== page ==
Some 1,039 works by 421 artists, collectives and companies from more than 50 countries are on show at the 2021 Gwangju Design Biennale, which opened Sept. 1.
The 61-day biennale aims to show designs that reflect differences in gender, race, ideology and culture and how to embrace the differences by exploring the beauty of each one. An example is Dutch designer Inge Kuipers’ “Tea-Set Touch,” a teapot and cups designed for people with arthritis.
Running through Oct. 31, the biennale features five main exhibitions, a special exhibition, four commemorative exhibitions and an international conference. The main exhibitions deal with the concepts of data, dimensions, day, doing and description. An online exhibition will start in October and can be viewed on the official website of the Gwangju Design Biennale.
As part of the main exhibition, the artificial intelligence hall presents collaboration between humans and technology through the medium of AI. The experience hall looks at the concept of coexistence and examines the new social norms under the pandemic.
The theme of the international conference is “From the Basics to the Revolution” and participants include Peter Zec, chairman of Red Dot; Karim Habib, executive director of design from Kia Global; and Yun Song-yi, president of NCSOFT. Bucheon International Comics Festival
Fans of comics and webtoons shouldn’t miss the 24th Bucheon International Comics Festival, which runs through Sept. 12 both online and offline at the Korea Manhwa Museum in Bucheon, Gyeonggi Province.
Regarded as Asia’s top global comics festival, the event features concerts, fan meetings, online seminars and a talk with the artists.
In compliance with the social distancing guidelines, the offline exhibitions are open to no more than 280 visitors per day and require online reservations.
Under the theme of “New Normal, New Connection,” BICOF 2021 offers a hybrid experience -- a bright-colored on-site presentation at the festival venue and a virtual docent-led tour of an exhibition of award-winning works via the festival’s official YouTube channel.
There are special programs and hands-on workshops for children, and adults can recall their childhood on the second floor of the museum with the legendary Korean comics “Treasure Island,” “Bridal Mask” and “Robot Taekwon V.”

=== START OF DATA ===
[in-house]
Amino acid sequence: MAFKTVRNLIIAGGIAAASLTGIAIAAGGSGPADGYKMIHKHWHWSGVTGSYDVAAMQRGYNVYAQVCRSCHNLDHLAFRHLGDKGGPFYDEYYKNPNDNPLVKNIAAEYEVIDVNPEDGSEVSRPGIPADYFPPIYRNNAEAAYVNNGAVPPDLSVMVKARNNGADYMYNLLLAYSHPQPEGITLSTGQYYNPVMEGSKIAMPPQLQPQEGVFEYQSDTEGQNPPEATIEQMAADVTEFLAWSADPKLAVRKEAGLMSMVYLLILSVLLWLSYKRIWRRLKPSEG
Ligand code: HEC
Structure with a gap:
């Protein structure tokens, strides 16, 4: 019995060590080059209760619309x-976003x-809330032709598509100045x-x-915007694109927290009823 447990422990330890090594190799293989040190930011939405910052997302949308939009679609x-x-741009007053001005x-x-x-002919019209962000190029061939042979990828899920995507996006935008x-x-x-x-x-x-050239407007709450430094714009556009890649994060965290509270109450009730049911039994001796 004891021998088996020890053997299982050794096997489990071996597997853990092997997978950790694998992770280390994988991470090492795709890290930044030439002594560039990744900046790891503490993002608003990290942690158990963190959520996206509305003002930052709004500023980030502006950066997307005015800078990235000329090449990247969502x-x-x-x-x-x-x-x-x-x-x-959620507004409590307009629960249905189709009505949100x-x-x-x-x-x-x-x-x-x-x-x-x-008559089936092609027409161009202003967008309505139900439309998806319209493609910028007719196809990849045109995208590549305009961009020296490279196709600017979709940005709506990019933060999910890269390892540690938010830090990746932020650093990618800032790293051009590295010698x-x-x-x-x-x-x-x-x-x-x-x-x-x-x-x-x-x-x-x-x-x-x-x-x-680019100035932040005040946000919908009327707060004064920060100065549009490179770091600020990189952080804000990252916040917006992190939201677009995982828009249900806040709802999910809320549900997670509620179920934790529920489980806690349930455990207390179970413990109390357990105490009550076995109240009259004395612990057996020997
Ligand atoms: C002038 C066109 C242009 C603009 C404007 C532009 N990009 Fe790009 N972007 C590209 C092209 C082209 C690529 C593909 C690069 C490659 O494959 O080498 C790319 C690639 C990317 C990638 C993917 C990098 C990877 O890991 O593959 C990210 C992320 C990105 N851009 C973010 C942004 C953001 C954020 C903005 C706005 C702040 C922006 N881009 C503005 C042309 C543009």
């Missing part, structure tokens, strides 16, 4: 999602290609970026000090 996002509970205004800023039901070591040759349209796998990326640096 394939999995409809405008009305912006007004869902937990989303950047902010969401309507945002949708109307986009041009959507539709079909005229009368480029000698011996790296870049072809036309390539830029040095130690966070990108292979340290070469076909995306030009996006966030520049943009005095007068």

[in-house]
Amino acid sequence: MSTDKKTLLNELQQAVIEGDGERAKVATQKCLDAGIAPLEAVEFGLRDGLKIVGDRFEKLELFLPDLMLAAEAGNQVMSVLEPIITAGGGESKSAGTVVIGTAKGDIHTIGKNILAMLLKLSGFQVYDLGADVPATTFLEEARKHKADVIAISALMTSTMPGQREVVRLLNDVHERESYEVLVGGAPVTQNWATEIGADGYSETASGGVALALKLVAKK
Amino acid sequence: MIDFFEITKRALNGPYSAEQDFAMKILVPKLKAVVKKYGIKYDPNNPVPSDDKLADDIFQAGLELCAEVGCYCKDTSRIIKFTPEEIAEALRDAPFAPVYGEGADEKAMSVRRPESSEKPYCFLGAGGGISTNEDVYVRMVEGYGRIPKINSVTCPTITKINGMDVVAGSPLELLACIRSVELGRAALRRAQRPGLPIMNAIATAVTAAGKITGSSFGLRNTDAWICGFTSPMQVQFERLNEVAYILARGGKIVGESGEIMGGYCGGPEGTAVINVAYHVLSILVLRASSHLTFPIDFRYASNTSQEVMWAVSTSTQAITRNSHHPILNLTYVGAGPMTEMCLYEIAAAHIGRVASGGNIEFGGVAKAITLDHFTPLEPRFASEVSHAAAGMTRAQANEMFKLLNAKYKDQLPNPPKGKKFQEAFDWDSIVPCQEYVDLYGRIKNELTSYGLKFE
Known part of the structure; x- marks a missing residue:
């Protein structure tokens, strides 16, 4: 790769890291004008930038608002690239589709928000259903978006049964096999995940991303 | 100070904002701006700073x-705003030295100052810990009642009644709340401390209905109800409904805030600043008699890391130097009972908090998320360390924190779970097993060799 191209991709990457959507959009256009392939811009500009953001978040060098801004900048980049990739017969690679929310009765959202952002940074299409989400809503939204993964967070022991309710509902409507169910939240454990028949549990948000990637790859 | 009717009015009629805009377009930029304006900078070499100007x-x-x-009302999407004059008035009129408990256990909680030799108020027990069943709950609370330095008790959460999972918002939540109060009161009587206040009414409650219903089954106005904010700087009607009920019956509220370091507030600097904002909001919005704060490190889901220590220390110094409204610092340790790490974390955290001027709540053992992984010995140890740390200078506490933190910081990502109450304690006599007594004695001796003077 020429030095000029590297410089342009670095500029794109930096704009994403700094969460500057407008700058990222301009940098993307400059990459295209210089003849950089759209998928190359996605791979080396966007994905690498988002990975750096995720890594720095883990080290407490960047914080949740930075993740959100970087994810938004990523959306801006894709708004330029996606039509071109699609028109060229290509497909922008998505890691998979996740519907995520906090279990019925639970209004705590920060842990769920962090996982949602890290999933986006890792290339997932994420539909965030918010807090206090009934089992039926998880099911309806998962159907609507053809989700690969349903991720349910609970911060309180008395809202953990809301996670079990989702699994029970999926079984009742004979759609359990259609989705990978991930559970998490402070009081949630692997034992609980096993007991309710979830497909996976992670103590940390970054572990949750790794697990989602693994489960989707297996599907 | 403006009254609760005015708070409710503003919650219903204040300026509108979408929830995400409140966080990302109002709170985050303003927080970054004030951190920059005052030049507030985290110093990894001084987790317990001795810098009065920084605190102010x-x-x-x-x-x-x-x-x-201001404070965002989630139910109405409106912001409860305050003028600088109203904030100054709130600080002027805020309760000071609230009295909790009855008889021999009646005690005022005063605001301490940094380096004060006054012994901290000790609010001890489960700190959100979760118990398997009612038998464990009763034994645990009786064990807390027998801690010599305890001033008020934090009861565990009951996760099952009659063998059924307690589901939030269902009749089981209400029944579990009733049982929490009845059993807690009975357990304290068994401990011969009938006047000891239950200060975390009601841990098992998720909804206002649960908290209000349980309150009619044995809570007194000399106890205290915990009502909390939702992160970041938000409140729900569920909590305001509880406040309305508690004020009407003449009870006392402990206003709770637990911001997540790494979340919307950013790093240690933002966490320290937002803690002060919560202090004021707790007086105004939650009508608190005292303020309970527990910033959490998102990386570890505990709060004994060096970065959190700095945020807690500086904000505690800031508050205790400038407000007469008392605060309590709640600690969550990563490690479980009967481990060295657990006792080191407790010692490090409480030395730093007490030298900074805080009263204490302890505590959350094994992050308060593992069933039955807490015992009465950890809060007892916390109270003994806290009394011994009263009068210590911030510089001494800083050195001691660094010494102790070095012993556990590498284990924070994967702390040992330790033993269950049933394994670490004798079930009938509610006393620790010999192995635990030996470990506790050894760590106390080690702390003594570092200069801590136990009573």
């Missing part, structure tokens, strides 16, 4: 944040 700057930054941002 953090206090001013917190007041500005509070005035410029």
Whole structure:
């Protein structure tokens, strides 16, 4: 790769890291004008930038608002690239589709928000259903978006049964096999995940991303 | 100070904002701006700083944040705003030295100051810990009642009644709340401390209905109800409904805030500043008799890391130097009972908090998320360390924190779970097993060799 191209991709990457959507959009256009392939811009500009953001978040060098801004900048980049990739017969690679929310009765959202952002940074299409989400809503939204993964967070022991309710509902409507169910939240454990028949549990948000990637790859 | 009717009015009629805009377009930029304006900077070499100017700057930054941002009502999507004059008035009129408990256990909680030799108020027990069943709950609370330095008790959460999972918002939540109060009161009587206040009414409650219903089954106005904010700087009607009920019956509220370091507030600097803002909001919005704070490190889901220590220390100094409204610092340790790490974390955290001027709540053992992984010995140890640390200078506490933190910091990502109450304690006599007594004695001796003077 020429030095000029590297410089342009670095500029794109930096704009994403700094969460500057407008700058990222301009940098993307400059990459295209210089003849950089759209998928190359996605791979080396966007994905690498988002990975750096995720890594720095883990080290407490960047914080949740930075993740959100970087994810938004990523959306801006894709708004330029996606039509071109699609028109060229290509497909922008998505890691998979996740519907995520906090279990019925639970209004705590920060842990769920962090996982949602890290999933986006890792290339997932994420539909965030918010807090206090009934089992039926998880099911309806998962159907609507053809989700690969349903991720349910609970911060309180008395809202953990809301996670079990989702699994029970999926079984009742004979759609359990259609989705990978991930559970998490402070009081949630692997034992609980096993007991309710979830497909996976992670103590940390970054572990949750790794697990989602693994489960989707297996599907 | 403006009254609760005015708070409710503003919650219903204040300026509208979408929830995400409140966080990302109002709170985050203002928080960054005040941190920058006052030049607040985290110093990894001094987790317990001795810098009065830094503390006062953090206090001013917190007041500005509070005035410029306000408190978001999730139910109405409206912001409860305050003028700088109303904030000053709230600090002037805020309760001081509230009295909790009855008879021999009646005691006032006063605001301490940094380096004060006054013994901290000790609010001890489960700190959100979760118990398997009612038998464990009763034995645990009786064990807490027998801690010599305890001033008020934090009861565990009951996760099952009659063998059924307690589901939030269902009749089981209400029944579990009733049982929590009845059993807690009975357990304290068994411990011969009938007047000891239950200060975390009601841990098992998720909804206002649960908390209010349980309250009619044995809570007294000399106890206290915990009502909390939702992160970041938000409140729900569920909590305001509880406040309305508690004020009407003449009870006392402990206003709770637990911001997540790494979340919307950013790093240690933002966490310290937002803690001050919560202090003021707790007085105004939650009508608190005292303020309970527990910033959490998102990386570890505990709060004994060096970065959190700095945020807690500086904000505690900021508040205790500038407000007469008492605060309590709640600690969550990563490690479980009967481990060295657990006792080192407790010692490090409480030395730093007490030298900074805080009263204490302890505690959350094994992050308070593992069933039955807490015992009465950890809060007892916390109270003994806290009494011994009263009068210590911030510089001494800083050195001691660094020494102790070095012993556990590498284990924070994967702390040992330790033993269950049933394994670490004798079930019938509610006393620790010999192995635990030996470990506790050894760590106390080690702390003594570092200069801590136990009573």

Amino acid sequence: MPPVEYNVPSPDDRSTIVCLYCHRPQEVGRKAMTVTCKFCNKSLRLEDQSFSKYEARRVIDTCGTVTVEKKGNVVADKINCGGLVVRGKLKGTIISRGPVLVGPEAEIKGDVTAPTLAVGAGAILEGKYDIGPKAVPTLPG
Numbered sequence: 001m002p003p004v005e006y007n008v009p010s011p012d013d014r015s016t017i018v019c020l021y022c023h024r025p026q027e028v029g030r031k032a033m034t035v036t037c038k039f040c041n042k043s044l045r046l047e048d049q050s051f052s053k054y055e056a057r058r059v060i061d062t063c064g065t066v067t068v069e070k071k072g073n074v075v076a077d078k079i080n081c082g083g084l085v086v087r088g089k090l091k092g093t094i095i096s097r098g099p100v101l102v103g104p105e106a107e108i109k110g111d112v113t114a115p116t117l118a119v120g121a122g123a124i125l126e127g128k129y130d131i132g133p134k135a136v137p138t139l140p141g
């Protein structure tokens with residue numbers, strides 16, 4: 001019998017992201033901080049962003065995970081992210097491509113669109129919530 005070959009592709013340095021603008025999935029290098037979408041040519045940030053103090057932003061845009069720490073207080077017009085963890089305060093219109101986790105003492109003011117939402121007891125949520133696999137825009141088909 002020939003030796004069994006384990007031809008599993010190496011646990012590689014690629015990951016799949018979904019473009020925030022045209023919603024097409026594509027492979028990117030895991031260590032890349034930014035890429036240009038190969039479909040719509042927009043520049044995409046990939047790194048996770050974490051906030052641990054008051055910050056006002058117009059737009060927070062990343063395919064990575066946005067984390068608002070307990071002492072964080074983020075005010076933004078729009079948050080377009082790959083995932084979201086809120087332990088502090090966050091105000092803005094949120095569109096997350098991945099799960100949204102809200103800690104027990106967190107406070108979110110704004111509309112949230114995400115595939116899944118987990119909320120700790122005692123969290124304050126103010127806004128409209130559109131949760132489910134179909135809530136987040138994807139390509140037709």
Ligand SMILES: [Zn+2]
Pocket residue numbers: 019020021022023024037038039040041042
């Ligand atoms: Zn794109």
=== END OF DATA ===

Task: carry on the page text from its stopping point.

In the virtual world, award-winning authors will hold an online fan meeting. Concerts featuring webtoon soundtracks and showcase events for new comics and webtoons are available online. More information about the festival can be found at the official website. DMZ International Documentary Film Festival
For those who missed the world premiere of director Yang Yong-hi’s “Soup and Ideology” at the DMZ International Documentary Film Festival on Thursday, the documentary about a mother’s secret will be screened again Sept. 11 and 14 at Megabox Baekseok in Goyang, Gyeonggi Province, the main festival venue.
The film begins with the death of the main character’s father. Her Zainichi mother -- an ethnic Korean living in Japan -- is left by herself in Osaka, Japan. Their daughter, who lives in Tokyo, worries about her mom and starts visiting her often. One day, the mother reveals a secret: that she had been there on the southern island of Jeju when the bloody April 3 uprising happened. The mother warns her daughter not to tell anyone.
Director Yang’s previous documentaries include “Our Homeland (2012),” “Sona, the Other Myself (2009)” and “Dear Pyongyang (2005),” which show how the Zainichi people view issues related to North and South Korea.
This year 126 documentary films from 39 countries will be screened during the festival, which runs through Sept. 16.
Established in 2009 with the theme of peace, communication and life, the DMZ International Documentary Film Festival aims to become the leading documentary film festival in Asia. Including Yang’s movie, this year’s festival features 126 films from 39 countries.
By Culture Desk Staff
By Korea Herald (firstname.lastname@example.org